2020 has been a tough year for bears in the Upper Linn Canal. Small fish runs and a growing berry crop combine to make for a lean year for the species. Fish and Game Wildlife Research Biologist Anthony Crupi said that while he hasn’t seen any hungry bears, they don’t get too fat until very late in the season, when they have to build up some reserves. He also noted that some bears resorted to cannibalism, which is not common among bears.
The lack of food has forced many bears to seek out in or near human settlements, hiding in cars, houses and garbage dumps. People, in turn, resorted to shooting large numbers of bears. Fish and Game Wildlife Management Biologist Carl Koch says he counted 49 bears killed by humans in 2020, of which only 19 were hunted. Two were hit by a car, and the rest were shot in defense of property or illegally. Most of these were females of reproductive age. This had a serious impact on the sustainability of the population.
Here is Koch:
“Brown bears are slow breeders, they don’t give birth until they’re five years old, and their cubs stay with them for three, sometimes four summers before they’re released, so when there’s a population loss or a decline like that, I think we’re estimating 16 to 20 percent of the total population, we’re going to have to recover.” it will take some time.
The effect of so many murders on the rest of the population is manifold. On the one hand, it can relieve stress because there are fewer bears competing for food, on the other hand, especially if some of the dominant bears are removed, the bears have to redefine their sucking habits. Some black bears may move into areas previously monopolized by the more dominant brown bears.
In early 2021, the Department of Fish and Game developed a recovery plan to allow the population to recover. Koch explains:
“To limit the harvest to five bears per calendar year for approximately five years and to kill no more than two females for any reason and no more than seven brown bears for any reason.”
This means that if two females are killed, the bear hunting season will be closed immediately.
The plan was successfully implemented.
“So this year we’re eight years old, which means we’ve exceeded our seven goals, luckily only one of them is a woman.”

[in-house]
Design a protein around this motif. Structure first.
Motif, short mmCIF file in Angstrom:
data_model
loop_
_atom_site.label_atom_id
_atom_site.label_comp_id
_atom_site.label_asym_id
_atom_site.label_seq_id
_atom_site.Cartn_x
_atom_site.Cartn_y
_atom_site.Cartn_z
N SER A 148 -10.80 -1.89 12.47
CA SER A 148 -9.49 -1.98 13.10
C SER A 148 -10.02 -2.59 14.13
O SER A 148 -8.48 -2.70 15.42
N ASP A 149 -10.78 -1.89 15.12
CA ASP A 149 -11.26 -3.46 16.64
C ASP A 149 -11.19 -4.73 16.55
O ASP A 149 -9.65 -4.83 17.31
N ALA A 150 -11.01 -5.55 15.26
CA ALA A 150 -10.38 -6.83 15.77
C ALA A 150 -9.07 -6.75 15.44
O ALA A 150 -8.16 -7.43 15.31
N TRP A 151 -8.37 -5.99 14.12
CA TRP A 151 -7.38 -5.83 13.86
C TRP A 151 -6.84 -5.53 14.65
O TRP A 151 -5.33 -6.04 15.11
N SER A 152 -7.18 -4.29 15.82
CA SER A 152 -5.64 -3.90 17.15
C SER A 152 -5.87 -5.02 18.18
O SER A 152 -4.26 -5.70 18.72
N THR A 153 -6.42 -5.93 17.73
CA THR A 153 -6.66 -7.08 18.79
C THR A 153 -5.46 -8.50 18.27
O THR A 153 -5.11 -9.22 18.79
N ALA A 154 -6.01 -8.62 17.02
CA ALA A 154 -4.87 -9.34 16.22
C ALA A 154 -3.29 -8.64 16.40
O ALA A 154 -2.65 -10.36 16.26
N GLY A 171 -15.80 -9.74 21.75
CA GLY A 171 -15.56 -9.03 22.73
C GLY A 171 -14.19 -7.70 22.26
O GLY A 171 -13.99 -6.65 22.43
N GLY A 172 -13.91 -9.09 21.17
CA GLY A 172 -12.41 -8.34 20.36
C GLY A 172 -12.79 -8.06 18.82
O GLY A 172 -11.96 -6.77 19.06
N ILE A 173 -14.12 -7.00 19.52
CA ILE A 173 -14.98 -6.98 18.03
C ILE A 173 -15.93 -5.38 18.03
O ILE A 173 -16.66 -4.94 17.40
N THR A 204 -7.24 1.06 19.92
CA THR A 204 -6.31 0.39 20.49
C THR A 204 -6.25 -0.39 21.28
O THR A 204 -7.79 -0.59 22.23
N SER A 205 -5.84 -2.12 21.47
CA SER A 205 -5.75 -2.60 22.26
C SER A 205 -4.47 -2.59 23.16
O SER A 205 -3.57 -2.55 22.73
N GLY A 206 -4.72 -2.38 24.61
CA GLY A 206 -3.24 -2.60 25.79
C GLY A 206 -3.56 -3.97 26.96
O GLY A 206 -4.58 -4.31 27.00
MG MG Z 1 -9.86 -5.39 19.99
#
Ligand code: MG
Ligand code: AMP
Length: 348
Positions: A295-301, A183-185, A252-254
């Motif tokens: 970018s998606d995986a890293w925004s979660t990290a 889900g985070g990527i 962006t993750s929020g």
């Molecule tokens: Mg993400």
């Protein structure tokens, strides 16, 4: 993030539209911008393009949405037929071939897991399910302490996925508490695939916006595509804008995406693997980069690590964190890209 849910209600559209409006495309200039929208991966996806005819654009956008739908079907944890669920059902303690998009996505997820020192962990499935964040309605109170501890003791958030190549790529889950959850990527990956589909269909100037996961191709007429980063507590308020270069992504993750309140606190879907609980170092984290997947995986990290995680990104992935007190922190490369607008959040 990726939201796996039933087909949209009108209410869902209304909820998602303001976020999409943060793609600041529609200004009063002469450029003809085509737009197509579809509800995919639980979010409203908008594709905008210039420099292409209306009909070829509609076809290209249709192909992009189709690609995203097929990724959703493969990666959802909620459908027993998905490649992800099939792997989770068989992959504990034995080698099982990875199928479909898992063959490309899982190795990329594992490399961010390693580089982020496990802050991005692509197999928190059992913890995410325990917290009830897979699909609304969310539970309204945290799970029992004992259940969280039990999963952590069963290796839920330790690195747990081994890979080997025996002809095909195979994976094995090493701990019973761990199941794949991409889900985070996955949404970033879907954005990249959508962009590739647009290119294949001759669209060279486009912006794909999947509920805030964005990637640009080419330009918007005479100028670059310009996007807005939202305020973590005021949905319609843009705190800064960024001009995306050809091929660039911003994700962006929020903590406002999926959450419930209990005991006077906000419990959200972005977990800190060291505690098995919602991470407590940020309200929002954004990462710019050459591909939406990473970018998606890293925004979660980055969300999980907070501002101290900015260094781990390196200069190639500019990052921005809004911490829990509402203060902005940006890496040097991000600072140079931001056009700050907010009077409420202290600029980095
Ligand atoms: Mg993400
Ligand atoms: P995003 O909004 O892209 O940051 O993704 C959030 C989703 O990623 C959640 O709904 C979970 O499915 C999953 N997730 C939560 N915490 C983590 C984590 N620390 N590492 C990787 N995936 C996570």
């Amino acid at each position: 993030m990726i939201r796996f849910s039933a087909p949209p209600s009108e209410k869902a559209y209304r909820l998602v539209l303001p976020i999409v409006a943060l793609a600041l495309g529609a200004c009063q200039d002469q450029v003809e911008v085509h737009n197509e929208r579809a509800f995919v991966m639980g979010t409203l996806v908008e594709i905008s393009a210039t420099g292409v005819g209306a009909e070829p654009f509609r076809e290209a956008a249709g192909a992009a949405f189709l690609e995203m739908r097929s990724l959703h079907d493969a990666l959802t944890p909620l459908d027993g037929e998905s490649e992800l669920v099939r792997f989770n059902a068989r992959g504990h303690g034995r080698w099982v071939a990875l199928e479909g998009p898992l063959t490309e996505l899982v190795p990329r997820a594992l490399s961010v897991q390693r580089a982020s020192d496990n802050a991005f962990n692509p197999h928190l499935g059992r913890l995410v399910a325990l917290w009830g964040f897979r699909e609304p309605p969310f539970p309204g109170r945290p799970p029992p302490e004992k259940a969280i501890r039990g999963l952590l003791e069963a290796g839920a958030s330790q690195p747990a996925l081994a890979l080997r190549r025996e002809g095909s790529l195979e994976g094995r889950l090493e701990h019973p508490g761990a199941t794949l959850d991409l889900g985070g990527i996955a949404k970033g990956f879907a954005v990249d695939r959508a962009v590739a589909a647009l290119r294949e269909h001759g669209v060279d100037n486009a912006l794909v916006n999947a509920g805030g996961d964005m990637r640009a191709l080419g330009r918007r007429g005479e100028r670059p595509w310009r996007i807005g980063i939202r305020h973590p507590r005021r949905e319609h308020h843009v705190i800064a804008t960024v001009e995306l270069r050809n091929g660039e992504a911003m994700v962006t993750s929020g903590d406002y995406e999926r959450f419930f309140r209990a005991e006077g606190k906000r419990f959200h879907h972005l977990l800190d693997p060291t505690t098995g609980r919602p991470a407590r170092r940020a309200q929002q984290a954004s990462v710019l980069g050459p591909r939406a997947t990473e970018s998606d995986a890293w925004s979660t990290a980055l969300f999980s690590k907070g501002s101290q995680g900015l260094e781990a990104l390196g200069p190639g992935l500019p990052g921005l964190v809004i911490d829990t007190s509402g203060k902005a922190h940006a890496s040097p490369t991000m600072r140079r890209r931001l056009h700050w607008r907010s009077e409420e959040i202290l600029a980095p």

Hunters are always advised not to shoot females. As part of issuing a permit, Fish and Game requires hunters to a video teaches how to distinguish between the sexes.
“Typically, brown bear hunters are looking for trophies, the males have a large, stubby head, the ears seem almost too small, very small against the axis, there is a wide space between the ears, and the mouth is kind of visible. short and then the legs can be very thick, even the lower legs, especially when they give some weight, but even before these adult males are clearly larger than females.
To further address the problem, a bear task force was formed at Haines, and many of its recommendations were implemented:
“The landfill has made great strides, they’ve electric-fenced the entire perimeter, upgraded the dumpsters to be more bear-resistant, and the county council changed this ordinance to the most conscientious decision possible for statewide reduction.” After gaining access to the unsecured human attractor, they began asking people to provide chicken coops and do a good job with their litter, and the police force did some education and enforcement. Fish and Game took some education and helped with lots of advice, we provided electric fences. The Takshanuk watershed council has a fruit tree program where they will volunteer people to pick fruit, the museum gave a grant for electric fences, so I really want to thank the community.
These efforts are paying off. Here, Anthony Krupi summarizes the bear population trends he identified:
“This summer we were able to monitor sixteen cubs from twenty different adult females. Basically what we look at when we chroma to model a population is the number of pups per mature female and the percentage of females that actually have pups. And these numbers have slowly started to recover in the last two years. Thus, in 2020 and 2021, the number of cubs per female was only one and a half. Now that we averaged about two cubs per mature female, over the last four years of the study, we were able to determine that about 56 percent of mature females did not have cubs in a given year. percent will have one pup, about twenty percent will have two pups, and eight percent will have three pups. When we looked at this long-term data set, where we tracked over a hundred female adult bears over the past four years, we could really see some positive gains. So, slowly over time, this population will be able to rebuild to become a sustainable population that can support all the interests that humans have when it comes to human interactions with brown bears, culturally, economically, and socially.